A man hit with a $65 ticket after spending too long in a supermarket carpark has managed to get his fine waived after proving he wasn’t behind the wheel so can’t be held responsible.
The owner of the car claimed that the signposted ‘contract’ with the parking company to park for no longer than 90 minutes was between the company and the driver of the vehicle.
In this case the driver was a person he had loaned the car to. Luckily for that person, the car’s owner successfully fought to keep their name secret, despite the parking company demanding he reveal their identity so the fine could be passed on.
A consumer watchdog says motorists should be wary of parking companies that try to pass on the fines, saying the condition they rely on to do so is meaningless and misleading.
According to a recently released Disputes Tribunal decision a car registered to the man was parked in a supermarket car in Feburary for 124 minutes - longer than the 90-minute signposted limit.
The man, the parking enforcement company and the supermarket are not identified in the decision.
Under New Zealand contract law, when parking on private property the driver of the vehicle is subject to the signposted conditions of parking. By parking there, it forms a ‘contract’ between the driver and the enforcer.
But many parking enforcement companies also claim on their signs that the owner of the vehicle is also bound by the conditions of the sign.
As a result the man received a $65 breach notice as the car’s registered owner. However, he argued he wasn’t behind the wheel and provided the tribunal with a signed letter from his boss proving he was at work when the breach occurred.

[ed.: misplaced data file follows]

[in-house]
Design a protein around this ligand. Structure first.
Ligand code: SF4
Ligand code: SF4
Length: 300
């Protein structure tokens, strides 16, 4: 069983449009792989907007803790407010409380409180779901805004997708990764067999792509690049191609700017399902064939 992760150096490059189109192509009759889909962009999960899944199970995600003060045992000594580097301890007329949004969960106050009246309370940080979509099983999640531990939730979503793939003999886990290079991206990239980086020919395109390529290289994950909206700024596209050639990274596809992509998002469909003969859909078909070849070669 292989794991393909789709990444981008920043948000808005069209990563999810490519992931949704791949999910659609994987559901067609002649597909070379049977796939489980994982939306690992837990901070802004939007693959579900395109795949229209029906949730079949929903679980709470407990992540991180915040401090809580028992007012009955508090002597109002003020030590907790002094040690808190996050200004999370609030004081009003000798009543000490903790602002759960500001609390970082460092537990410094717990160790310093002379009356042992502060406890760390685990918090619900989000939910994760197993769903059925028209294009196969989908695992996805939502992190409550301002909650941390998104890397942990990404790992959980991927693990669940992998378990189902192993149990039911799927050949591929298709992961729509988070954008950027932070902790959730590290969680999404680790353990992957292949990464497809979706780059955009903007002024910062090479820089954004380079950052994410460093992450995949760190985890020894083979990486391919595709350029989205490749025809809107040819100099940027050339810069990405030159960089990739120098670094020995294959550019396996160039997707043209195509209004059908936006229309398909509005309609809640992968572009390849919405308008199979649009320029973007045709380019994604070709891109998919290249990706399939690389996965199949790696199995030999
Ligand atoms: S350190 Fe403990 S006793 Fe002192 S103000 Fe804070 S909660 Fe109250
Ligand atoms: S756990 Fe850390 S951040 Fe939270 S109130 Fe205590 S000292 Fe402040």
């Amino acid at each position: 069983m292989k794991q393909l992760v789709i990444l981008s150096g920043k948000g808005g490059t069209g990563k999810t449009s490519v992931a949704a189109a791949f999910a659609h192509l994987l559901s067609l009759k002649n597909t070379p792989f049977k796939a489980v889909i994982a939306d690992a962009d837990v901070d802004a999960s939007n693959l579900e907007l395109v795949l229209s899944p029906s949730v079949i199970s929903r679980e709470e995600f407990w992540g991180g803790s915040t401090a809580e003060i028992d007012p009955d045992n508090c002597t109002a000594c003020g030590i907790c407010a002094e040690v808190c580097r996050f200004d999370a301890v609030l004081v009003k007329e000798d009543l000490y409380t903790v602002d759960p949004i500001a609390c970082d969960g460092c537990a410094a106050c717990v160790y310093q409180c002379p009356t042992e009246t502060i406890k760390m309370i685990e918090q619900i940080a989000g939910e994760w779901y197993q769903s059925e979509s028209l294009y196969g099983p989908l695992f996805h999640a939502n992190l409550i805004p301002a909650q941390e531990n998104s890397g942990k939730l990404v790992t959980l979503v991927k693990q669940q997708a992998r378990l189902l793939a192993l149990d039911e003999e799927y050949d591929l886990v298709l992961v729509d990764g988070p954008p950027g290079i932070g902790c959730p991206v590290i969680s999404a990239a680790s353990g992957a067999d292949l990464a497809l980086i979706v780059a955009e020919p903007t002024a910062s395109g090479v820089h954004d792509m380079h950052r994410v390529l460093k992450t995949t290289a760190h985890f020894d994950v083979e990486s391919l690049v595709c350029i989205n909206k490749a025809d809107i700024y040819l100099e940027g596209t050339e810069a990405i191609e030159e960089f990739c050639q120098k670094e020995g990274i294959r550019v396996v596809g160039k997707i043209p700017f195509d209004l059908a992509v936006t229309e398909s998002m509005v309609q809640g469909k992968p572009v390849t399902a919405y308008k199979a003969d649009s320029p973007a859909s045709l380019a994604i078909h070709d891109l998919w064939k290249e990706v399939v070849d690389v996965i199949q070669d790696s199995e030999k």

His claim posed an interesting question for the tribunal; how can the owner of the vehicle be liable to the terms of a contract they’ve never seen?
The tribunal agreed that, as he was never a party to the ‘contract’, the vehicle’s owner couldn’t be liable.
“Because [the owner] can prove that he was elsewhere when the car was parked in the car park, he is not a party to the contract that was formed when the car entered the car park. The parties to the contract are the owner of the car park and the driver of the car,” the tribunal referee found.
The parking company disagreed, pointing to the condition in it’s signposted conditions which states “you also bind the owner of the vehicle” to the contract.
The tribunal ruled this condition was meaningless and inconsistent with the law.
“It is a fundamental principle of contract law that a contract cannot impose obligations on a person who is not a party to the contract. This is called privity of contract,” the referee ruled.
The parking company then went a step further, saying when rental cars break the rules, the rental company always passes the breach notice onto the driver. They said in this case, the owner should reveal who was driving the car.
But the man flatly refused, and the tribunal agreed that he had no obligation to share the details of the driver.
Vanessa Pratley, an investigative writer at Consumer NZ, says motorists should be aware of their rights.
“If the owner of the vehicle is not the driver, like in this instance, there is no acceptance and there is no intention to be legally bound. It means the contract at large is unenforceable against the owner.”
She says companies that state on their signs that the registered owner of the vehicle is also bound to the conditions could be preying on the public’s naivety.
“It certainly has the potential to mislead owners of vehicles to pay a fine when they are not actually liable to do so. It may be that the operator is relying on the laypersons’ knowledge of the law to influence payment of the fine.”
Ethan Griffiths covers crime and justice stories nationwide for Open Justice. He joined NZME in 2020, previously working as a regional reporter in Whanganui and South Taranaki.